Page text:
Dante is the star of Halloween at our historic house. He is the youngest of the four Maine Coon cats who live with us in this old Maine house.
Several holidays have associations with historic houses, mostly drawing on nostalgic concepts of “home and hearth,” but Halloween draws on the character of neglected old houses. Cold and dark, these “haunted mansions” evoke terror in children and some adults. For others, they trigger an urge to save and restore their original purpose and beauty.
Whether a traditional Thanksgiving dinner by the fireside or a black cat peering from the broken windows of an abandoned mansion… there is a strong emotional component associated with these images. Emotions connected to memory and fantasy are powerful forces, forces that help to power the historic preservation movement.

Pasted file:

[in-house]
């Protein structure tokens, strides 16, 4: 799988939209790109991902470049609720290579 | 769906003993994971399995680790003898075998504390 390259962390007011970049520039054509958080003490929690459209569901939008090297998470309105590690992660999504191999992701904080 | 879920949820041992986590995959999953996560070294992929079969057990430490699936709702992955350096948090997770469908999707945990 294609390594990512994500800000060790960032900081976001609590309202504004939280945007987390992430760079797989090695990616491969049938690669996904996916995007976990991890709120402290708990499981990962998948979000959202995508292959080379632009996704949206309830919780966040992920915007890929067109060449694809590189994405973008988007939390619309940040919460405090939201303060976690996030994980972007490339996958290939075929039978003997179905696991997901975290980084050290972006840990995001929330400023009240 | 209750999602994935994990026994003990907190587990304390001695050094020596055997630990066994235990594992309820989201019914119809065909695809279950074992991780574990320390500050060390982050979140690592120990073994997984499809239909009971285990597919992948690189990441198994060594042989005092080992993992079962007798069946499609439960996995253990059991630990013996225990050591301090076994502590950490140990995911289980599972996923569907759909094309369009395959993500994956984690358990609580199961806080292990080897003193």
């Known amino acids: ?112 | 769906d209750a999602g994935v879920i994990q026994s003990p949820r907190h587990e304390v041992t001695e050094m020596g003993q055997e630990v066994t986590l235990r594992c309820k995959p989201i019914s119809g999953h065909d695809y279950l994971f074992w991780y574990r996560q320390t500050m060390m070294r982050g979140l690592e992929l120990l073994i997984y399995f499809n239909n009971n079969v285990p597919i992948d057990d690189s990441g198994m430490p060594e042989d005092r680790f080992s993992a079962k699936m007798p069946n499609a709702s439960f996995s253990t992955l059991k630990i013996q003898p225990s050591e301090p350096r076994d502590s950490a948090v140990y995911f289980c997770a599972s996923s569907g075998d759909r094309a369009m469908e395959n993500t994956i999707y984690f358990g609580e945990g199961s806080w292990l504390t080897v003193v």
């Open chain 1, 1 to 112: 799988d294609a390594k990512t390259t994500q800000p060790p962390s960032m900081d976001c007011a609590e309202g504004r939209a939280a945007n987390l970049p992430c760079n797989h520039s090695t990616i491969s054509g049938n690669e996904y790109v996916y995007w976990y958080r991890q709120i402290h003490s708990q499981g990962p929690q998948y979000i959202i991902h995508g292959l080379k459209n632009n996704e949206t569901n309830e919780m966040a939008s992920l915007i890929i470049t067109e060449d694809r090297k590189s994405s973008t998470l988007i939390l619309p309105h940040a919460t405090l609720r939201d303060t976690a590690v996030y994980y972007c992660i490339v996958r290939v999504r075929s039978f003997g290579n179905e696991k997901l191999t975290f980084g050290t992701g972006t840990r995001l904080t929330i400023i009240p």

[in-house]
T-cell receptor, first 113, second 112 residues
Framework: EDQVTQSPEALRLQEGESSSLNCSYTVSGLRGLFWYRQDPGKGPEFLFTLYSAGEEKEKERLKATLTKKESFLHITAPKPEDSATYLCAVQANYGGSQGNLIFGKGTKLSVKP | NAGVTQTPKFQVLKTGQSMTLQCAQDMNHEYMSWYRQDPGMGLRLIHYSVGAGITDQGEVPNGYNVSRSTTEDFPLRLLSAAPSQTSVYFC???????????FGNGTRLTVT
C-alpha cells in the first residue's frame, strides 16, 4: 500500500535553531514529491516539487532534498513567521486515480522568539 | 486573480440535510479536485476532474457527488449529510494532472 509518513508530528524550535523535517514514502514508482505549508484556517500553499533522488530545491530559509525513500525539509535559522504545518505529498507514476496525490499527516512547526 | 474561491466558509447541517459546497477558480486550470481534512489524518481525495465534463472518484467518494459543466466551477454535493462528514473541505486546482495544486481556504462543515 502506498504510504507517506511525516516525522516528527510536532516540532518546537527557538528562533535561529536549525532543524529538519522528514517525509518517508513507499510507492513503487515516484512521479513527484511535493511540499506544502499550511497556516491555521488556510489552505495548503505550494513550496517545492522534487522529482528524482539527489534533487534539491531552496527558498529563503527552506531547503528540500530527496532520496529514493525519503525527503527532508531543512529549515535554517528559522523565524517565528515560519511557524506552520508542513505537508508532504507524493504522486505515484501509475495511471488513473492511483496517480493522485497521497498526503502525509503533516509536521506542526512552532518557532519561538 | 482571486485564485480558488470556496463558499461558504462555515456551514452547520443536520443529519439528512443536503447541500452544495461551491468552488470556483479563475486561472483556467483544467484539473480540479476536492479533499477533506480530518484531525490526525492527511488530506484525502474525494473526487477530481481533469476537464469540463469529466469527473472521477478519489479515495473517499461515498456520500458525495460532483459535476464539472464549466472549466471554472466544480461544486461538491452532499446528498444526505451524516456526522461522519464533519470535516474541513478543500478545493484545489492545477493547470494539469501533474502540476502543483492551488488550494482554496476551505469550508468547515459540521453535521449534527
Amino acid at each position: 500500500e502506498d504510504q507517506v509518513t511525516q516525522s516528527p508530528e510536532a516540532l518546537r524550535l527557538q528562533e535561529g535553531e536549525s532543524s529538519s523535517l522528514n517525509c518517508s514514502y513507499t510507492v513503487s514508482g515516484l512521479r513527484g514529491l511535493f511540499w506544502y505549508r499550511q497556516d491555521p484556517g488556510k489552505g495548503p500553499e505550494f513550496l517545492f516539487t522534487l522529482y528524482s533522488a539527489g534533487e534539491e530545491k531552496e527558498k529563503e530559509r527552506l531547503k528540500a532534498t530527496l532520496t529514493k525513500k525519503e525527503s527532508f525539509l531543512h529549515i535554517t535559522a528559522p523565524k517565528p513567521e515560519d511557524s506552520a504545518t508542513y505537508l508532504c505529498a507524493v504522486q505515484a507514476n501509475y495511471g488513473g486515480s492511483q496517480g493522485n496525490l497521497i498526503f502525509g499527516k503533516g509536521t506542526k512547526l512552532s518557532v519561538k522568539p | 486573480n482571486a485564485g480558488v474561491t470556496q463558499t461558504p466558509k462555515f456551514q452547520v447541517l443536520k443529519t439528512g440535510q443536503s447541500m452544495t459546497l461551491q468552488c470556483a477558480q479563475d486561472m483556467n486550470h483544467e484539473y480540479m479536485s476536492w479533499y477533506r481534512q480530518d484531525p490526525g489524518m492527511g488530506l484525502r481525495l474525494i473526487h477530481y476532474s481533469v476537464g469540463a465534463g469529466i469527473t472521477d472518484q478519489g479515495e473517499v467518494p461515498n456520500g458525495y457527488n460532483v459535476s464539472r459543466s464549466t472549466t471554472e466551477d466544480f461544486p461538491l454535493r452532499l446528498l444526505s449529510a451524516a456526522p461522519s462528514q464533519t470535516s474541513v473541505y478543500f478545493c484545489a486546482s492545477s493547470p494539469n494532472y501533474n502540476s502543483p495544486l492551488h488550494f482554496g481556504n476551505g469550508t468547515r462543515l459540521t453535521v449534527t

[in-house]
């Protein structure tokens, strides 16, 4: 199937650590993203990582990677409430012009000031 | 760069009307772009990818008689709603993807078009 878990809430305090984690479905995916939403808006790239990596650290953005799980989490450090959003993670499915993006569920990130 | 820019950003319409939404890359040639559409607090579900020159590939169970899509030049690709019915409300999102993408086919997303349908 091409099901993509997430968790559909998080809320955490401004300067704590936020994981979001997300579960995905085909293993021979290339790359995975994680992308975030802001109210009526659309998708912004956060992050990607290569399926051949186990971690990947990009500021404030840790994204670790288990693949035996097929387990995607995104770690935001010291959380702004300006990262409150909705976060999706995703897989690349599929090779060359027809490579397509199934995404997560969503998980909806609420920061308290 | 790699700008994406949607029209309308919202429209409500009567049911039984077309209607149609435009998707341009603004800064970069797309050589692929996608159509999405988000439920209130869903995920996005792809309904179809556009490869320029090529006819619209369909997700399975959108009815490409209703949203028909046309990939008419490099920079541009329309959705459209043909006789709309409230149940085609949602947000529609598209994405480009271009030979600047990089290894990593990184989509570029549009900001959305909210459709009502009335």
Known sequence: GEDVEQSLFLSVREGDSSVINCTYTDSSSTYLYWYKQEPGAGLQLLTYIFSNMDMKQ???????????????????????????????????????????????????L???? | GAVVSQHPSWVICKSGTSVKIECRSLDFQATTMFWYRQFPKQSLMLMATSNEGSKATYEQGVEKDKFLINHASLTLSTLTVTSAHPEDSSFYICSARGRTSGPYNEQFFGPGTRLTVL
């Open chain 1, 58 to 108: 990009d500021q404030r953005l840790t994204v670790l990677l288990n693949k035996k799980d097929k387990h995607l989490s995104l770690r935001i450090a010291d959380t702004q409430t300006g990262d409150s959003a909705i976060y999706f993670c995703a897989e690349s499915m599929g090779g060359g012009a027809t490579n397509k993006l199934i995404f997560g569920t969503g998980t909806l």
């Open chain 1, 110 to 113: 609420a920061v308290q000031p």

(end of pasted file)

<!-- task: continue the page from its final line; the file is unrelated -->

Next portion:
As a preservation professional, I deal a lot in the science and technology of understanding and rehabilitating historic buildings. I do academic research to understand and document buildings and work with architects, builders, and owners to deal with mechanical systems and energy efficiency as much as fine finishes and craftsmanship.
In writing “Restoring Your Historic House, The Comprehensive Guide for Homeowners,” I sought to bring the science and technology together with the emotions that motivate so many of us to care about historic houses.
The 720 page award-winning and best-selling hardcover book is available in bookstores and from online retailers.
Signed and personalized copies are available directly from the author in our shop, https://yourhistorichouse.com/shop/.
Bookstores can order copies from W.W. Norton.
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